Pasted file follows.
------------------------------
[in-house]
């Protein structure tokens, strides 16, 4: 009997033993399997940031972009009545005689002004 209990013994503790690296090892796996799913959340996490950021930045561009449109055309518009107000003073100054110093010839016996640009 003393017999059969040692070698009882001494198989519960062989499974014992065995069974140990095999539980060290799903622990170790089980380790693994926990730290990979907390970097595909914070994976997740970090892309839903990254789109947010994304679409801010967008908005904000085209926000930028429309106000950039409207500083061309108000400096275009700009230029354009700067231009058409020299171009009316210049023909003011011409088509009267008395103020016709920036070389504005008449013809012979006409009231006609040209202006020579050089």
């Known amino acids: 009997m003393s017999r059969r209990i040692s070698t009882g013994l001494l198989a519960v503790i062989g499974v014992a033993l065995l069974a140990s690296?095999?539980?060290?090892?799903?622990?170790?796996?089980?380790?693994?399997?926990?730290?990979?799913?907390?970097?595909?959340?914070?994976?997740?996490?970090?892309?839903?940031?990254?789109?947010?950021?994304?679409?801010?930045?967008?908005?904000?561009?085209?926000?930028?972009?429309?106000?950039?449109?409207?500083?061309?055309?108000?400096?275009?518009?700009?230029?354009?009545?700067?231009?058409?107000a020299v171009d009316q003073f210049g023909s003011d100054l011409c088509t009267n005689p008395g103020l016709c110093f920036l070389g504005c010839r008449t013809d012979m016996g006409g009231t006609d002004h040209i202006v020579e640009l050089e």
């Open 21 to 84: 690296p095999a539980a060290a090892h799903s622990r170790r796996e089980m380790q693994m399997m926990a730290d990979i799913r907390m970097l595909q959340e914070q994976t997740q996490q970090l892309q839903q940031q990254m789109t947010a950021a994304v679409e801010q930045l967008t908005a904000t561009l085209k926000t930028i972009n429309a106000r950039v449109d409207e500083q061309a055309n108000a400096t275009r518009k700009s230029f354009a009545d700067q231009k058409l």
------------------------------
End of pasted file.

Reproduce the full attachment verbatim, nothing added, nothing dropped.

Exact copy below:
[in-house]
């Protein structure tokens, strides 16, 4: 009997033993399997940031972009009545005689002004 209990013994503790690296090892796996799913959340996490950021930045561009449109055309518009107000003073100054110093010839016996640009 003393017999059969040692070698009882001494198989519960062989499974014992065995069974140990095999539980060290799903622990170790089980380790693994926990730290990979907390970097595909914070994976997740970090892309839903990254789109947010994304679409801010967008908005904000085209926000930028429309106000950039409207500083061309108000400096275009700009230029354009700067231009058409020299171009009316210049023909003011011409088509009267008395103020016709920036070389504005008449013809012979006409009231006609040209202006020579050089």
């Known amino acids: 009997m003393s017999r059969r209990i040692s070698t009882g013994l001494l198989a519960v503790i062989g499974v014992a033993l065995l069974a140990s690296?095999?539980?060290?090892?799903?622990?170790?796996?089980?380790?693994?399997?926990?730290?990979?799913?907390?970097?595909?959340?914070?994976?997740?996490?970090?892309?839903?940031?990254?789109?947010?950021?994304?679409?801010?930045?967008?908005?904000?561009?085209?926000?930028?972009?429309?106000?950039?449109?409207?500083?061309?055309?108000?400096?275009?518009?700009?230029?354009?009545?700067?231009?058409?107000a020299v171009d009316q003073f210049g023909s003011d100054l011409c088509t009267n005689p008395g103020l016709c110093f920036l070389g504005c010839r008449t013809d012979m016996g006409g009231t006609d002004h040209i202006v020579e640009l050089e």
């Open 21 to 84: 690296p095999a539980a060290a090892h799903s622990r170790r796996e089980m380790q693994m399997m926990a730290d990979i799913r907390m970097l595909q959340e914070q994976t997740q996490q970090l892309q839903q940031q990254m789109t947010a950021a994304v679409e801010q930045l967008t908005a904000t561009l085209k926000t930028i972009n429309a106000r950039v449109d409207e500083q061309a055309n108000a400096t275009r518009k700009s230029f354009a009545d700067q231009k058409l």